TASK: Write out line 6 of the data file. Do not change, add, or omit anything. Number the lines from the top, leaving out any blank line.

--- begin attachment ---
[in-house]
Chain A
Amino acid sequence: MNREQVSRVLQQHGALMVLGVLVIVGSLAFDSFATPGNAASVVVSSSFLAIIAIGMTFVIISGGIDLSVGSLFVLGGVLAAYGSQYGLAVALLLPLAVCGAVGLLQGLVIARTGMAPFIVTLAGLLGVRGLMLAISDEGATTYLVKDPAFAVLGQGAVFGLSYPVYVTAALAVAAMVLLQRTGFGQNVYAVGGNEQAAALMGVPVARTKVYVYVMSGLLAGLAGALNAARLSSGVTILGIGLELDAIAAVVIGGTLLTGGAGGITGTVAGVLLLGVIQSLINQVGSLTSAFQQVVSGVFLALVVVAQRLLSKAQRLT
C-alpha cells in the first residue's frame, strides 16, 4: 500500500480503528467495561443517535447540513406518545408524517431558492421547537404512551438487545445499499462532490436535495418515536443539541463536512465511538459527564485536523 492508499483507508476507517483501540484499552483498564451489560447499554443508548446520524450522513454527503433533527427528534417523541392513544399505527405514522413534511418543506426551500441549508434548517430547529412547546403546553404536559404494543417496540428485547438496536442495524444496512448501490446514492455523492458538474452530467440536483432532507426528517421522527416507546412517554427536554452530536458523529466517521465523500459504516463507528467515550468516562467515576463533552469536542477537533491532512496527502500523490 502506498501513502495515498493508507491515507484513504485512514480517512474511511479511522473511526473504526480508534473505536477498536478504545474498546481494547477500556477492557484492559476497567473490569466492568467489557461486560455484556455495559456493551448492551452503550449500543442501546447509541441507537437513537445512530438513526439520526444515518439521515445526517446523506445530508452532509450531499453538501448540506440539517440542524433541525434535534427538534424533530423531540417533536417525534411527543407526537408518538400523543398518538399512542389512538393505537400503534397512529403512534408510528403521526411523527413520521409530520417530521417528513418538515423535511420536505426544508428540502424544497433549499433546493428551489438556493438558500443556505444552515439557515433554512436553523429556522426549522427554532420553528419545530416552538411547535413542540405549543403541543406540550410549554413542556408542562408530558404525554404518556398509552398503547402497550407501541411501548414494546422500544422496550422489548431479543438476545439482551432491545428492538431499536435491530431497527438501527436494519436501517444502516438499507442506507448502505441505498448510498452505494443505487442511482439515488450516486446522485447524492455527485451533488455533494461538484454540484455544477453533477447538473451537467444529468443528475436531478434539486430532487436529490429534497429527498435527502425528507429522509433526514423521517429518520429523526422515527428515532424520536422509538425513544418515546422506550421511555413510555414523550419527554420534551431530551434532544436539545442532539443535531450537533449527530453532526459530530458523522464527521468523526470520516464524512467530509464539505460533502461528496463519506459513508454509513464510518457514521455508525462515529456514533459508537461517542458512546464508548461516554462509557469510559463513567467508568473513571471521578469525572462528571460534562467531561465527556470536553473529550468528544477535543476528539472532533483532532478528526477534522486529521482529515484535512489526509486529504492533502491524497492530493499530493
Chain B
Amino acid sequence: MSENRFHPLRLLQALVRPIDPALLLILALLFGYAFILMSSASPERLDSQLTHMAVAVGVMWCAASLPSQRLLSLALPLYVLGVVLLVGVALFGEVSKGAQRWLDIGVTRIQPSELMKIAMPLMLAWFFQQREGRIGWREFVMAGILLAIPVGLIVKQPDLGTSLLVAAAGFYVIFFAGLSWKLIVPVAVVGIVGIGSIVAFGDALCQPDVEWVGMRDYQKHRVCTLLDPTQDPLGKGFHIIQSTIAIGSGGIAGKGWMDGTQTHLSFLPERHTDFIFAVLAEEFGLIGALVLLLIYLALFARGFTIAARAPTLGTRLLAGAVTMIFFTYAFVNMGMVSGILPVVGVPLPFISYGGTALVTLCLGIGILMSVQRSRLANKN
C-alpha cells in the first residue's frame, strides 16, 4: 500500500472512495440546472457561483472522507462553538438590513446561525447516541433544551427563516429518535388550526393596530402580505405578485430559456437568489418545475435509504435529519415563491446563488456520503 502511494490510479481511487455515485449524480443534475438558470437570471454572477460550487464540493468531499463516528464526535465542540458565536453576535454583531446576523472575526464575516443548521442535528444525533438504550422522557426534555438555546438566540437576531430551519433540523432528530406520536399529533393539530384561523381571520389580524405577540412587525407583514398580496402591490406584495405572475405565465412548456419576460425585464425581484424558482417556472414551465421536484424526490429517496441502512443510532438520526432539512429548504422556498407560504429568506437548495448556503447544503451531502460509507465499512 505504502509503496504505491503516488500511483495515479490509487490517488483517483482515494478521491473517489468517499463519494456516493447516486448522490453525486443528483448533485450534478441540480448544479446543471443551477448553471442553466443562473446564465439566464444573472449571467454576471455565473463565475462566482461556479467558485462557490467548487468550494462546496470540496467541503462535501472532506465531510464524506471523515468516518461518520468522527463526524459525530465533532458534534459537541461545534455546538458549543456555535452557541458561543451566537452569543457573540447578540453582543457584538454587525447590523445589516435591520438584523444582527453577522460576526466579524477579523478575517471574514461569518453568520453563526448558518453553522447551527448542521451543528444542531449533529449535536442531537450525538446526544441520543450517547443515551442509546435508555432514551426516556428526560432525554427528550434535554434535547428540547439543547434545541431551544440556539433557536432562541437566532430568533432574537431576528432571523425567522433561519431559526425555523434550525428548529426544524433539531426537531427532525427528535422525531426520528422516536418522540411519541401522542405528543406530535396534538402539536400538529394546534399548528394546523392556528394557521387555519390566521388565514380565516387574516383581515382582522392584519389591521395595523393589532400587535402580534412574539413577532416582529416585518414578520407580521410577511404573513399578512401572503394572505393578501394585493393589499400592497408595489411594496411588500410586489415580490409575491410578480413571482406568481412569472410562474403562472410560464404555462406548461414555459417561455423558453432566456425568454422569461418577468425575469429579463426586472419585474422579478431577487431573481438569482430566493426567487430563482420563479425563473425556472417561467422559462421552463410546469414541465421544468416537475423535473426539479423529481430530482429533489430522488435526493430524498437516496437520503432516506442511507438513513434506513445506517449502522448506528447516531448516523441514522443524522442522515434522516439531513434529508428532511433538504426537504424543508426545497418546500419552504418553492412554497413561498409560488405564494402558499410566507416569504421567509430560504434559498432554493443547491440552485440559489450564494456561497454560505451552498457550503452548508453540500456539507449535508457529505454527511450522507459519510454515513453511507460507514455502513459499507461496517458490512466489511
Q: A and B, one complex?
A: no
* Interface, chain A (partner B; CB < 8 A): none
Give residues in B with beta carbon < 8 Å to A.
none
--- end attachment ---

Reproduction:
Amino acid sequence: MSENRFHPLRLLQALVRPIDPALLLILALLFGYAFILMSSASPERLDSQLTHMAVAVGVMWCAASLPSQRLLSLALPLYVLGVVLLVGVALFGEVSKGAQRWLDIGVTRIQPSELMKIAMPLMLAWFFQQREGRIGWREFVMAGILLAIPVGLIVKQPDLGTSLLVAAAGFYVIFFAGLSWKLIVPVAVVGIVGIGSIVAFGDALCQPDVEWVGMRDYQKHRVCTLLDPTQDPLGKGFHIIQSTIAIGSGGIAGKGWMDGTQTHLSFLPERHTDFIFAVLAEEFGLIGALVLLLIYLALFARGFTIAARAPTLGTRLLAGAVTMIFFTYAFVNMGMVSGILPVVGVPLPFISYGGTALVTLCLGIGILMSVQRSRLANKN